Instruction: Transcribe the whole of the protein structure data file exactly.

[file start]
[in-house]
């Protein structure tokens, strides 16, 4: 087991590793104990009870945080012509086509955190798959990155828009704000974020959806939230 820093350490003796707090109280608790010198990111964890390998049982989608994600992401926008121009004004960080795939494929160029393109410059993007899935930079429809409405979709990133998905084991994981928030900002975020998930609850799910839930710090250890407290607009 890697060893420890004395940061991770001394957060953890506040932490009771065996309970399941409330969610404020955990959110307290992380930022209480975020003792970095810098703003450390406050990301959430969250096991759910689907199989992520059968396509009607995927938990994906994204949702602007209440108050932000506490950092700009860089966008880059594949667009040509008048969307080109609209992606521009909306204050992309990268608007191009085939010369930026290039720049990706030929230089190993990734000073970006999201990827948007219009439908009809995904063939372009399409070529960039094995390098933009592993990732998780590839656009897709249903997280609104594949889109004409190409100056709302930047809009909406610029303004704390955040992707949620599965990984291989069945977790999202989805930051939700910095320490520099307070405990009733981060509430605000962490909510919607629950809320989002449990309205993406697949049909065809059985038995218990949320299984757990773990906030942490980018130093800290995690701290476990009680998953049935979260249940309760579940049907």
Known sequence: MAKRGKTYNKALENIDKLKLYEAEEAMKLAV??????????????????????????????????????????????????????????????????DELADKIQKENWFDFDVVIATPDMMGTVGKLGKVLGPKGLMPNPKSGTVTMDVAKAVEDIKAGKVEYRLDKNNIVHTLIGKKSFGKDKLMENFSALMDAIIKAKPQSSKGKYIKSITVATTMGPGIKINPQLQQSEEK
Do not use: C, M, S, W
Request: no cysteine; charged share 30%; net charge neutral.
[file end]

[in-house]
């Protein structure tokens, strides 16, 4: 087991590793104990009870945080012509086509955190798959990155828009704000974020959806939230 820093350490003796707090109280608790010198990111964890390998049982989608994600992401926008121009004004960080795939494929160029393109410059993007899935930079429809409405979709990133998905084991994981928030900002975020998930609850799910839930710090250890407290607009 890697060893420890004395940061991770001394957060953890506040932490009771065996309970399941409330969610404020955990959110307290992380930022209480975020003792970095810098703003450390406050990301959430969250096991759910689907199989992520059968396509009607995927938990994906994204949702602007209440108050932000506490950092700009860089966008880059594949667009040509008048969307080109609209992606521009909306204050992309990268608007191009085939010369930026290039720049990706030929230089190993990734000073970006999201990827948007219009439908009809995904063939372009399409070529960039094995390098933009592993990732998780590839656009897709249903997280609104594949889109004409190409100056709302930047809009909406610029303004704390955040992707949620599965990984291989069945977790999202989805930051939700910095320490520099307070405990009733981060509430605000962490909510919607629950809320989002449990309205993406697949049909065809059985038995218990949320299984757990773990906030942490980018130093800290995690701290476990009680998953049935979260249940309760579940049907």
Known sequence: MAKRGKTYNKALENIDKLKLYEAEEAMKLAV??????????????????????????????????????????????????????????????????DELADKIQKENWFDFDVVIATPDMMGTVGKLGKVLGPKGLMPNPKSGTVTMDVAKAVEDIKAGKVEYRLDKNNIVHTLIGKKSFGKDKLMENFSALMDAIIKAKPQSSKGKYIKSITVATTMGPGIKINPQLQQSEEK
Do not use: C, M, S, W
Request: no cysteine; charged share 30%; net charge neutral.